The Senior Bowl is played to showcase the talent of select seniors before they enter the NFL draft. But this year, there are a few players that teams should be hesitant to take a chance on.
Both the North and South teams have rosters with big names on both sides of the ball, and the actual game should be highly competitive. But the fact of the matter is that one team is going to win and potentially make players on the losing side look bad.
Playing with an entire new set of players and coaches is not easy for a college senior, but many have already been successful at practice. Others, on the other hand, have struggled.
Let’s take a glance at some players who might not play so well at the Senior Bowl and will result in NFL teams drafting them lower than originally expected.
E.J. Manuel, Quarterback, Florida State
E.J. Manuel picked a good time to have his best season as a collegiate quarterback. He set new career highs in completions, attempts, passing yards, touchdowns and passer rating.
Manuel finished in the top 20 in the country with nearly 3,400 yards through the air and a 156 passer rating—which was higher than Heisman Trophy-winner Johnny Manziel. Although Manuel has very good accuracy, practice at the Senior Ball has brought out some flaws—whether they are minor inconsistencies or things to look for in the future.
Here’s what ESPN’s Kevin Weidl had to say after a South team practice:
They all threw the ball well, though Florida State’s E.J. Manuel had the least touch of the three quarterbacks. He didn’t have the touch you need on red zone throws and, on occasion, the ball sailed on him.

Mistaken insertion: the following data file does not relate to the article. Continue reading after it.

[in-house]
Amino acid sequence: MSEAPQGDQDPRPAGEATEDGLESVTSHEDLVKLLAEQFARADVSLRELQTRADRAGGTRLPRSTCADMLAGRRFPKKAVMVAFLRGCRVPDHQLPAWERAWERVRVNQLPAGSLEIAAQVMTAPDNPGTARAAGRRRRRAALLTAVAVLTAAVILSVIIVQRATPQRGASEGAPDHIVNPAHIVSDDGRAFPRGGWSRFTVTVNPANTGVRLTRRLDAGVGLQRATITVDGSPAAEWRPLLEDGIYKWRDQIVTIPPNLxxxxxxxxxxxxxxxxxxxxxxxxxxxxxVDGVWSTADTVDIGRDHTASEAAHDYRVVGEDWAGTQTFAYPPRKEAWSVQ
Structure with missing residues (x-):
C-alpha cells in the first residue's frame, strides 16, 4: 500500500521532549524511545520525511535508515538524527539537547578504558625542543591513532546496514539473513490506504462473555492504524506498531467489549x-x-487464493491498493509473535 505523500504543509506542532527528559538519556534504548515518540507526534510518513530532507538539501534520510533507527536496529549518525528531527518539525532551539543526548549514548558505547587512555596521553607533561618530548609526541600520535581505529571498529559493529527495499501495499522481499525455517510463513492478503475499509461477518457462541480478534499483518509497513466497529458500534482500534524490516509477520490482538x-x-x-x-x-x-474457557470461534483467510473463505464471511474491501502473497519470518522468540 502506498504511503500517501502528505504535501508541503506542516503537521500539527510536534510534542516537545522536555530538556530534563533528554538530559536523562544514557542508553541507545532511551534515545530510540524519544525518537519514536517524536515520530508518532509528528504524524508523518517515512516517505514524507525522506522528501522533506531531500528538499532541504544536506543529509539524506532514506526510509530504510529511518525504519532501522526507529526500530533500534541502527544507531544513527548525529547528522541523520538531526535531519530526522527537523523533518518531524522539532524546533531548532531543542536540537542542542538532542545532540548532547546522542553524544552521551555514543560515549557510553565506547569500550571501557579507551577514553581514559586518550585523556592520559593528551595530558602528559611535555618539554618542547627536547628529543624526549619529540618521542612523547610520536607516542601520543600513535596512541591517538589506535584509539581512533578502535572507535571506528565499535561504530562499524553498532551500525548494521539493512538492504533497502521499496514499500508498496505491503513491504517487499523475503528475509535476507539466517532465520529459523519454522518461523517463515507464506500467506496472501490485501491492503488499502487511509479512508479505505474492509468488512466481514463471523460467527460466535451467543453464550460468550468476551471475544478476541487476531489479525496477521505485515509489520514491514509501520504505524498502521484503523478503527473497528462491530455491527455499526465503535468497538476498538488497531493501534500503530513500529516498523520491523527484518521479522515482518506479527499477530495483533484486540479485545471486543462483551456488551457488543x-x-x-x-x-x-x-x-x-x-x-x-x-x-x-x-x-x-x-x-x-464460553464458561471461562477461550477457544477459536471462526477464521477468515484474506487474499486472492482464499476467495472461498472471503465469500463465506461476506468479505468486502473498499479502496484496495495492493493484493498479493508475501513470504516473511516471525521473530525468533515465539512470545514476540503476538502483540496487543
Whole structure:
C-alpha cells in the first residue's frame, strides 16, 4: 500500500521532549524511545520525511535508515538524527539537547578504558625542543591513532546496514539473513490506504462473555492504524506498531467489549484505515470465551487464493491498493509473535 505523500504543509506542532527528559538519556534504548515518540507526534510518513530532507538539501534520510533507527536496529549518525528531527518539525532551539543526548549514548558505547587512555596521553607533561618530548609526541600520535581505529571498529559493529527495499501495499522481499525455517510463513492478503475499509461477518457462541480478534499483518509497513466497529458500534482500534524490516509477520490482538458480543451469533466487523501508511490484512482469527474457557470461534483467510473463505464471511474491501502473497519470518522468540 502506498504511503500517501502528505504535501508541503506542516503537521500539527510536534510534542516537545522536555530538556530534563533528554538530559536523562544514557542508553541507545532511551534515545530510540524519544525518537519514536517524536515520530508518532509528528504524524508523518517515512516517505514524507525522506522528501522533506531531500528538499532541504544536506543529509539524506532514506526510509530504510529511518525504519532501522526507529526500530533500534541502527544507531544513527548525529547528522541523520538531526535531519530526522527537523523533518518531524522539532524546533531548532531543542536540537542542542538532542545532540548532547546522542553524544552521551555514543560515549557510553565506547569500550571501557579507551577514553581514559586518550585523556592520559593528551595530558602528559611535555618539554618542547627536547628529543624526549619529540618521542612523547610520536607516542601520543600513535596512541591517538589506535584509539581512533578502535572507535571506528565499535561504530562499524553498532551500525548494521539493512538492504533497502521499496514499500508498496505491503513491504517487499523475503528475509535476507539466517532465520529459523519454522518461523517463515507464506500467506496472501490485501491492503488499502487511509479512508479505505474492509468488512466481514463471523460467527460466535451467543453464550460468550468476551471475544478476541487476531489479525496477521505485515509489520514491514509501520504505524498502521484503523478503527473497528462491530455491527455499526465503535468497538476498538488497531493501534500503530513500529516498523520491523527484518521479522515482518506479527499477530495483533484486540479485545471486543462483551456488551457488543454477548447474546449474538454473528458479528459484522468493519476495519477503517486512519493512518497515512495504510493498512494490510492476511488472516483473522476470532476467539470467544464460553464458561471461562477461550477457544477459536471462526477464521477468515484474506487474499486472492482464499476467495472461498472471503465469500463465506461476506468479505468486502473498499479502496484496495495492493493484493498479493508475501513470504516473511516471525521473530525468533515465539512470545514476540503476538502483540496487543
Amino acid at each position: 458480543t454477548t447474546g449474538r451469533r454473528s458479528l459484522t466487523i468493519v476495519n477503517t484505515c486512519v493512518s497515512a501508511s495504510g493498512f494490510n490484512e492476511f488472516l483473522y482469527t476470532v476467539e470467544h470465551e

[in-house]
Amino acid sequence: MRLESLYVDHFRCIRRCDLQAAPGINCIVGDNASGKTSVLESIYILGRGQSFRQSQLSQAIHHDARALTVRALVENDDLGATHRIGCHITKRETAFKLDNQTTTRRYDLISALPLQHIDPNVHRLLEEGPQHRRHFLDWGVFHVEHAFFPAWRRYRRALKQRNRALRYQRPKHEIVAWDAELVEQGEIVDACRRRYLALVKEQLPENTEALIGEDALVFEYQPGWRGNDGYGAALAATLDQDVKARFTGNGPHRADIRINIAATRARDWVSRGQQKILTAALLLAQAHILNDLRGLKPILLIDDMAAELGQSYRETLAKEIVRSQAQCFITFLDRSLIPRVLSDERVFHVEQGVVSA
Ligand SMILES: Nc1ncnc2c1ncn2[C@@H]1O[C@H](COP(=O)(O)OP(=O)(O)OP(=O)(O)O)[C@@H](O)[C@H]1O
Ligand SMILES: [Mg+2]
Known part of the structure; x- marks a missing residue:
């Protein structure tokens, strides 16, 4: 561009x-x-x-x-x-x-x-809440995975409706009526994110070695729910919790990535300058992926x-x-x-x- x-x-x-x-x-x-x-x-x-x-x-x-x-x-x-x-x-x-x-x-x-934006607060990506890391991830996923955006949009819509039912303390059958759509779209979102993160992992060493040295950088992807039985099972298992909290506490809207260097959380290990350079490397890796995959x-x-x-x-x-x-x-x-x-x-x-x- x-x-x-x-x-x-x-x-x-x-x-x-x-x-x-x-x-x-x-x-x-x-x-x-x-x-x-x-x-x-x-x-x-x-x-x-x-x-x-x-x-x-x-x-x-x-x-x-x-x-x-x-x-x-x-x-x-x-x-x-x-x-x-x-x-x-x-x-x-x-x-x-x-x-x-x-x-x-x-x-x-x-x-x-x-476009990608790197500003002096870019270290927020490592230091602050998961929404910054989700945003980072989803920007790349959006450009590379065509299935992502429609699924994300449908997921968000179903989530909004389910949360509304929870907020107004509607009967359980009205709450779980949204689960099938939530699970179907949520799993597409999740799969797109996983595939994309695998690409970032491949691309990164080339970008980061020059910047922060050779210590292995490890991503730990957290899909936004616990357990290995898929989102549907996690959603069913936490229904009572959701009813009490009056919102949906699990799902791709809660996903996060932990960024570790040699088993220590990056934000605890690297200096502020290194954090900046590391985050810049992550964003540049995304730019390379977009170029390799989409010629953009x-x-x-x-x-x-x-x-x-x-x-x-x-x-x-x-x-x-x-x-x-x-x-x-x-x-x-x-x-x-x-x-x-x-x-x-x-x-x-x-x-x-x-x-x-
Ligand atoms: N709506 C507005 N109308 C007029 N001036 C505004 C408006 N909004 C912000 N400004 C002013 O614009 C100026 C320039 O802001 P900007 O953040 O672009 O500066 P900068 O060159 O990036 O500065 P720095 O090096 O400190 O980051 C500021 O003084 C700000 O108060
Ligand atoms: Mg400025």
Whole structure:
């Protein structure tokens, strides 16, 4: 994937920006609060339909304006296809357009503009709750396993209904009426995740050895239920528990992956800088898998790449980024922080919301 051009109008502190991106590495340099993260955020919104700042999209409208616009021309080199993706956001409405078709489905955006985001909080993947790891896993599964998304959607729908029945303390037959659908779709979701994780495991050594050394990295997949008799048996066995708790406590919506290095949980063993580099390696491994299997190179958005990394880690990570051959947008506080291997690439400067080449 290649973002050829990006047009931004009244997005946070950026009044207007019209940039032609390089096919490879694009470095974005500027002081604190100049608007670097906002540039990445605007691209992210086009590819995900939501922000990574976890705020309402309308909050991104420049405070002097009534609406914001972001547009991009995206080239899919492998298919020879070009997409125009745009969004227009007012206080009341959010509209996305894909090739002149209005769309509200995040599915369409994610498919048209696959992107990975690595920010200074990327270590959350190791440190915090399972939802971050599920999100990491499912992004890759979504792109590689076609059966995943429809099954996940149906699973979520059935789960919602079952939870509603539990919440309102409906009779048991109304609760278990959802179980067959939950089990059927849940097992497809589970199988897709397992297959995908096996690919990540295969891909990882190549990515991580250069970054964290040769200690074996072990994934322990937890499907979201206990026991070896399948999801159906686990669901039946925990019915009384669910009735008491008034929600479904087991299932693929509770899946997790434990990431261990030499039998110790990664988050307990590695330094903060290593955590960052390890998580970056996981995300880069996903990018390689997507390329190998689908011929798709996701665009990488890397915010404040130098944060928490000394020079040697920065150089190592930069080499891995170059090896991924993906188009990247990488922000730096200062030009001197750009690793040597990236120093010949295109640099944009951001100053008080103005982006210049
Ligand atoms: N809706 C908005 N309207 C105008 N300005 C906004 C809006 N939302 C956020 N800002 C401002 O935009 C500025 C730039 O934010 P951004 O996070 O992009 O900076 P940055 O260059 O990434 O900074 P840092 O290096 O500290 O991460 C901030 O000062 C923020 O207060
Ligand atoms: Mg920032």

Manuel did struggle with accuracy during the season in the red zone. He only completed 58 percent of 45 attempts, although he did throw 15 red zone touchdowns.
Denard Robinson, Quarterback/Wide Receiver, Michigan
There’s no doubt that Denard Robinson was the talk of the nation the past three seasons or so with his dual-threat abilities. Robinson almost always seemed to fool defenses whether it be through the air or on the ground.
The problem with Robinson’s draft stock, however, is that it’s plummeting. This is mainly due to the fact that he had his worst year as a collegiate quarterback, and he isn’t regarded as a quarterback that could make it in the NFL. He’s been working on becoming a wide receiver, and that decision is expected to get him drafted.
ESPN’s Todd McShay and Steve Muench say that Robinson hasn’t been that smooth at receiver in practice for the North team:
The transition for Michigan WR/QB Denard Robinson hasn’t been as easy as he hoped. For example, he had a false start today.
Moving forward it’s important as to who is coaching him and with whom he is playing. If he goes back to Ann Arbor, Mich., and focuses on running a fast 40, that’s not going to work. He needs to focus on running routes and catching the football. That’s just one piece of the puzzle.
It’s certainly a long road ahead for the former Wolverine standout.
Landry Jones, Quarterback, Oklahoma
Landry Jones has been very consistent the last three seasons, leading the Oklahoma Sooners to plenty of victories. He regularly completes around 65 percent of his passes and throws for well over 4,000 yards.
This past season, Jones threw for 4,267 yards—the second-most in the country—to go along with 30 touchdowns and a 144.6 passer rating. Jones is definitely not going to be one of the first quarterbacks taken in the NFL draft but eventually will get his name called.
Despite Jones’ success over the years, ESPN’s crew of Senior Bowl analysts question his comfort:
Oklahoma’s Landry Jones had a tough day. He was a little out of sorts with LSU WR Russell Shephard, who practiced for the first time Wednesday. There was some miscommunication between Jones and his receivers. The problems started early and snowballed during the day. He made some bad decisions and forced some throws. He just never looked comfortable Wednesday.
Jones’ inability to work with new receivers should work against him when it comes to NFL teams taking a look at him.